January 30, 2013 at 11:01 am by Franklin Rabon under Atlanta Braves
One of the fallouts from the Braves’ blockbuster acquisition of Justin Upton has been that the spotlight, and pressure, seems to fall even more squarely on the shoulders of Julio Teheran. With the dealing of Randall Delgado in the package to Arizona, if the season started tomorrow, Teheran would basically be given the fifth starter position at least for the beginning of the year, as Brandon Beachy recovers from surgery. This increased spotlight has revealed a certain rift around those that follow the team. Many view Teheran as either a borderline bust or a premium prospect who has finally proven himself and ready to assume his rightful spot in the rotation.
Let’s first address the ‘bust’ angle. Julio Teheran just turned 22 years old a couple of days ago. The current darling prospect amongst many Braves fans, Evan Gattis, for example is four and a half years older than him. Had Gattis lived in Colombia at the time, he very well could have baby-sat Teheran. Yet, many Braves fans are perfectly fine with Gattis not being ready for MLB quite yet, but Teheran is a bust? It’s important to remember that Julio Teheran entered the Braves system at the age of seventeen. An age when many players are entering their junior year of high school. Due to the fact that Teheran has been talked about as a top prospect since the days when he still had to worry about outbreaks of acne, and hadn’t evan began to fathom shaving, prospect fatigue has set in for many casual observers. It’s important to remember that Stephen Strasburg is two years older than Julio Teheran.
On the other side of the debate, the notion that Teheran should just be given the spot is maybe equally absurd. Again, he’s young, and obviously still developing. Yes, he’s thrown a lot of innings in AAA already, but overall, they haven’t been terribly effective innings. In his two years in Gwinnett his strikeout to walk ratio has been a very middling 2.4. Last year his strikeouts per nine was more Jair Jurrjens than Clayton Kershaw, and he saw his homerun rate spike as well. All of these worrisome developments led to an ERA north of FIVE over the course of 26 starts, in AAA. Maybe he was bored with AAA, but is boredom an excuse for being pounded by hitters who are supposedly inferior to your talent level?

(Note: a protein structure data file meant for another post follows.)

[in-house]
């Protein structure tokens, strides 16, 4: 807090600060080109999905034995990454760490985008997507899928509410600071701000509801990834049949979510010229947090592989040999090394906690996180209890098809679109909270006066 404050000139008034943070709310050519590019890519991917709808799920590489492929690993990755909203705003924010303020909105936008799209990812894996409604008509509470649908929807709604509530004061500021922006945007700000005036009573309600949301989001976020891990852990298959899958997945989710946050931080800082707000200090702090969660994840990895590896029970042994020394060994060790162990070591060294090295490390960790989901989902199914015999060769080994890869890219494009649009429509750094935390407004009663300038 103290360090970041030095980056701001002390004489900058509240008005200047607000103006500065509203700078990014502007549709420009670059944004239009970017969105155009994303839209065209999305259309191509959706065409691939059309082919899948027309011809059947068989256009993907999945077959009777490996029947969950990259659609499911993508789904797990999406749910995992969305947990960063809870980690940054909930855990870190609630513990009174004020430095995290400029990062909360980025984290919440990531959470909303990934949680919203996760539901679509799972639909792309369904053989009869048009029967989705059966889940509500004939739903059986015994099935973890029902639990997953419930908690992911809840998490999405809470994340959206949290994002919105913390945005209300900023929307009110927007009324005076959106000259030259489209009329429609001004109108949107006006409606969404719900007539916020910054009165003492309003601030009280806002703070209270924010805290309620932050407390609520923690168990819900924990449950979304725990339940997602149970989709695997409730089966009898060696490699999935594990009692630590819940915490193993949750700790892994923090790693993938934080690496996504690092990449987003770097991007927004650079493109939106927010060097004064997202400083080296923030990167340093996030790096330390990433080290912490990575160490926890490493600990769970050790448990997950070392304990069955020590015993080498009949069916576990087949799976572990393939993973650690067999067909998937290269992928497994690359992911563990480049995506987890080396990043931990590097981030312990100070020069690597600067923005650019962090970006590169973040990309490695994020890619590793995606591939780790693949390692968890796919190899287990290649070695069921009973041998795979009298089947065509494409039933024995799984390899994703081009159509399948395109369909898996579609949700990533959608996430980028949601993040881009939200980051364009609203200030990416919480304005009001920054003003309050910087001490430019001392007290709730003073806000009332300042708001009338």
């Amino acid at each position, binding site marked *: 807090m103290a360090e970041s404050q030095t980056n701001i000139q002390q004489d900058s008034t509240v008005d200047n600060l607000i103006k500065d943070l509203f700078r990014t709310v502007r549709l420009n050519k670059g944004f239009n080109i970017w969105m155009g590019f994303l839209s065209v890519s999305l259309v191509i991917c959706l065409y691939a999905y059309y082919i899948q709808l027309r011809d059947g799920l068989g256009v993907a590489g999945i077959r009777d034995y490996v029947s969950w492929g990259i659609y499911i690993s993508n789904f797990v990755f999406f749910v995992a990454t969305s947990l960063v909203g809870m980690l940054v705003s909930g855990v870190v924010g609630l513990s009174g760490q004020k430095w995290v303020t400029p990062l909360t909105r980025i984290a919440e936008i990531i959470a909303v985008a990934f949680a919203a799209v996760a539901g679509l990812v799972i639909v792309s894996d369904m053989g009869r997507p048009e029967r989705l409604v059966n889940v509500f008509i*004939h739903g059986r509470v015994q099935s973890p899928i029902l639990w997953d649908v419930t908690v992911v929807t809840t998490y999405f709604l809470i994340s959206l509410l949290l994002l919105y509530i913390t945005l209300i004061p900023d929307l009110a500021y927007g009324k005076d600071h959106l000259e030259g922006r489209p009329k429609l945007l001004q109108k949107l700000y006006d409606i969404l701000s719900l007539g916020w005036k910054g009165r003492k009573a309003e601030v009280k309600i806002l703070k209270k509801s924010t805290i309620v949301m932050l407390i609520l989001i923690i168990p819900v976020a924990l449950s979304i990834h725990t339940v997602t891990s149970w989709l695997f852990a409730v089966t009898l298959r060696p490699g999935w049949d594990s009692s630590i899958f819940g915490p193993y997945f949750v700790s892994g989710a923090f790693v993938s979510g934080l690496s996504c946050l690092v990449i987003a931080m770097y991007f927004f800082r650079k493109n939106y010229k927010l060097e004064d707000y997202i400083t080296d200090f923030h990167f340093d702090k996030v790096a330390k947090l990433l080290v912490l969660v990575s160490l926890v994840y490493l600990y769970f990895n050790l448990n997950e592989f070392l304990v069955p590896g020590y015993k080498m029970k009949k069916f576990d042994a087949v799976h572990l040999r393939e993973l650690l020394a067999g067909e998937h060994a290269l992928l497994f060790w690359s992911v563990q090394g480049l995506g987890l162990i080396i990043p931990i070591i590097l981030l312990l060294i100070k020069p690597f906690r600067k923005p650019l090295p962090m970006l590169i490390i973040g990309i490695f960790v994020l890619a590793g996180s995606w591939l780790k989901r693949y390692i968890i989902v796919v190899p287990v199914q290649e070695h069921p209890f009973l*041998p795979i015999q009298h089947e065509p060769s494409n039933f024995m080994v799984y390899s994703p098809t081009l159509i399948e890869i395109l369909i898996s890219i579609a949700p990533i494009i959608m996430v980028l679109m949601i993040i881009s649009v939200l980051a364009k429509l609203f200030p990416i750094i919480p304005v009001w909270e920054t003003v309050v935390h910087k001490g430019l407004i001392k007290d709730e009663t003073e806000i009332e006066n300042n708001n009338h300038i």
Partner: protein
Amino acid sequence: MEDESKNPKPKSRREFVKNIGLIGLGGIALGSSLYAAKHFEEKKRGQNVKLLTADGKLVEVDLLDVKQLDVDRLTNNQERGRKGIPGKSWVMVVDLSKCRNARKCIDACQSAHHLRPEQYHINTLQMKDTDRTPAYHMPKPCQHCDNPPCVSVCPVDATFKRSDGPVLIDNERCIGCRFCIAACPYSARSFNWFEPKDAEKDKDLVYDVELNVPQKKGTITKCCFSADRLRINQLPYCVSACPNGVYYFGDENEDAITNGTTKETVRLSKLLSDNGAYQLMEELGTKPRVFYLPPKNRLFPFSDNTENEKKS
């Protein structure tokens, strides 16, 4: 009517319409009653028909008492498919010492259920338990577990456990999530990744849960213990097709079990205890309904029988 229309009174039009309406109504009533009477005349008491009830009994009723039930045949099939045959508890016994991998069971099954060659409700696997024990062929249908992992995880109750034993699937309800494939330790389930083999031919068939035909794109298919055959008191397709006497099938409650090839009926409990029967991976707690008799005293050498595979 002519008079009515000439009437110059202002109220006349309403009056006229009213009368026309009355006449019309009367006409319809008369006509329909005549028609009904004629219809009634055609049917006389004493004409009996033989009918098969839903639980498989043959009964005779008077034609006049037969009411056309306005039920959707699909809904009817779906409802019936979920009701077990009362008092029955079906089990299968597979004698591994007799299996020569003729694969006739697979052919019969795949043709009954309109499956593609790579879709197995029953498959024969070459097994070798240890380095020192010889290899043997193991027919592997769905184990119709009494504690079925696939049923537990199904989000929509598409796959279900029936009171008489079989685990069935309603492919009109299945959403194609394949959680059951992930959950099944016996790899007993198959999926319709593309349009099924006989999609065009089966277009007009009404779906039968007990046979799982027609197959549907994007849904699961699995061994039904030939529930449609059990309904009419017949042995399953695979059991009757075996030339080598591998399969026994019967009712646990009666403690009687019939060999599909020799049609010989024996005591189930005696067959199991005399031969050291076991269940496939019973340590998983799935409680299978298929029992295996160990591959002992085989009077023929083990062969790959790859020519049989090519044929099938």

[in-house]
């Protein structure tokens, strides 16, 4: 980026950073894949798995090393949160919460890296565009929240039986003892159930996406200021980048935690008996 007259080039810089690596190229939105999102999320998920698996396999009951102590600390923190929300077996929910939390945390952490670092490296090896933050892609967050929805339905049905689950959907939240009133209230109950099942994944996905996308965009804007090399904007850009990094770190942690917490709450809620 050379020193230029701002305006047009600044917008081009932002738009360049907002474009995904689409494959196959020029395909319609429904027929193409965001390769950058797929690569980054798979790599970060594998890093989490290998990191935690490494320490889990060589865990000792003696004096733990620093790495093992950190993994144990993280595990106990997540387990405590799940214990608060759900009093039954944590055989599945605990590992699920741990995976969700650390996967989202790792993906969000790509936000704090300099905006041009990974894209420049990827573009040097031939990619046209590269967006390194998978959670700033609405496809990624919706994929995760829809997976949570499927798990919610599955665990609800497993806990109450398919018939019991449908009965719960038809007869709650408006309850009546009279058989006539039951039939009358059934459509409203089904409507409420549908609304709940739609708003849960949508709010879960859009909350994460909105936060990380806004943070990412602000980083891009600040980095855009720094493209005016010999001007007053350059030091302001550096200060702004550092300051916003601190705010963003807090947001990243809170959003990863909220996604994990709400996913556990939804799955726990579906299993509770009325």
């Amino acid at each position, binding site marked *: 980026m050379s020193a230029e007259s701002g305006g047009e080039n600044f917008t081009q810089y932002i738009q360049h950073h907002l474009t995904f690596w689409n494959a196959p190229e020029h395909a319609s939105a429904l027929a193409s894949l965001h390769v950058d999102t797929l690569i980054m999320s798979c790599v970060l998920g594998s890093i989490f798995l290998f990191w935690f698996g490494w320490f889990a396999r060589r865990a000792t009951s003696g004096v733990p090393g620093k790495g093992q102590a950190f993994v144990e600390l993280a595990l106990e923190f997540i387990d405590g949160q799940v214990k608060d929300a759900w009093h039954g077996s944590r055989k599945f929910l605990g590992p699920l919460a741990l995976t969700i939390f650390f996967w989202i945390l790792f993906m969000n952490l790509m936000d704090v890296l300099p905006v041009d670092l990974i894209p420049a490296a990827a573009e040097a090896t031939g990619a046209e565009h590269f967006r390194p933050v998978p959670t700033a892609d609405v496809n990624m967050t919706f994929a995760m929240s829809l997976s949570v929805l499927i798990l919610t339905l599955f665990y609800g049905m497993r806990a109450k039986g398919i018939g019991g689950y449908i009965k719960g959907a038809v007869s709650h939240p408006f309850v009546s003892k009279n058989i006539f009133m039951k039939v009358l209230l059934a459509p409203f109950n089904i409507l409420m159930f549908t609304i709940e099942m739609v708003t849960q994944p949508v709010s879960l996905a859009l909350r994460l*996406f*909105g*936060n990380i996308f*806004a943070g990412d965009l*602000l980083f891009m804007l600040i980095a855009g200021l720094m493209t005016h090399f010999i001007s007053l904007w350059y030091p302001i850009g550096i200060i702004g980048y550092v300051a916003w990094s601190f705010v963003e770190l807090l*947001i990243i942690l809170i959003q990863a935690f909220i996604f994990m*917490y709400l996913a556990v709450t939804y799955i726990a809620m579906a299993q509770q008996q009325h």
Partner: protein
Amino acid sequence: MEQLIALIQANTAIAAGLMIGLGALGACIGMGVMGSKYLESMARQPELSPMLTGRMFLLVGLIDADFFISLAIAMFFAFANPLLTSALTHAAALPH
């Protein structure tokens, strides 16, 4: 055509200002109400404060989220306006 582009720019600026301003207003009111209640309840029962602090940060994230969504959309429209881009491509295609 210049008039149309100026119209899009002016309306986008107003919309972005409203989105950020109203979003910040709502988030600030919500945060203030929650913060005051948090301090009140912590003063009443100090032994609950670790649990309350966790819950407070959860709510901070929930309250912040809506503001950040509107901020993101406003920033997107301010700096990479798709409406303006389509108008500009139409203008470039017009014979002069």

As has been well-documented, much of Teheran’s struggles last year came when he got into trouble he tried to overthrow, which led to what pitching mechanics gurus like Ethan call ‘dropping and driving’. Essentially you really stride hard forward and really drive off your legs, but this causes the plane you throw from to flatten out, resulting in a fastball with little movement, that may be a couple of mph faster, but is much more hittable and prone to running out over the middle of the plate. Much of this appeared to be ironed out by the time Braves scouts viewed him in the Dominican Winter League. But, I still think it’s a stretch to say that such a performance in the DWL has earned him much of anything. Teheran, if he wants to be the 5th starter, will have to carry that performance over into spring.
So, if Teheran hasn’t necessarily earned his spot yet, what are the Braves to do if he falls on his face again in spring training? Right now the options would be JR Graham, Sean Gilmartin and little known Daniel Rodriguez. The first two are generally considered to not quite yet be ready for MLB and the latter is a bit of an unknown former Mexican League pitcher who is already 28. None are exactly enticing options, as you’d like for Graham and Gilmartin to continue to develop at a natural pace, and we had hoped that depending on older former Mexican league pitchers had ended with tenure of Jorge Campillo.
One of the few upsides of including Martin Prado in the trade for Justin Upton (outside, of course, of getting Justin Upton) was that the Braves do have a bit more financial wiggle room than a prospects only trade for Upton would have afforded them. Thus the Braves could be in position to sign a guy like Javy Vazquez. The Nationals have shown interest in Vazquez already, and that was even before the idea that Gio Gonzalez could possibly face a 50 game suspension in the Miami PED scandal came to light. However, it doesn’t necessarily have to be Vazquez. It’s not terribly difficult to find fifth starters willing to prove themselves for a couple million in early spring training, and I’m sure Frank Wren has his ear to the ground. I don’t necessarily think that Teheran must have somebody to compete with him for the job, so to speak, but I do think the Braves need to have contingency plans that don’t involve JR Graham or Sean Gilmartin, and preferably not a 28 year old former Mexican League pitcher. I don’t believe that Teheran really needs competition to get motivated, because I think his past couple of years probably provide all the motivation he would need. If he ever did feel entitled to a rotation spot, struggling to get AAA hitters out likely washed much of that away.
Obviously the best case scenario is that Teheran comes in during spring training and is lights out and earns the fifth spot and even makes Maholm expendable at the trade deadline when Beachy returns. However, I don’t think that’s anywhere close to a given, and the Braves need to be fully prepared to deal with the possibility that such a dream scenario won’t play out. Luckily, they have the financial flexibility to do that, and those are the sorts of moves Frank Wren has always been pretty good at. Let’s be clear about one thing though, Teheran is absolutely not ‘behind schedule’ development wise, even if he spent another entire year at AAA, 23 year olds in AAA are pretty common. There is absolutely no reason to assume that Teheran won’t eventually put it all together and be the dominating 1-2 starter he has the potential to be, we just shouldn’t freak out if it is or isn’t this year.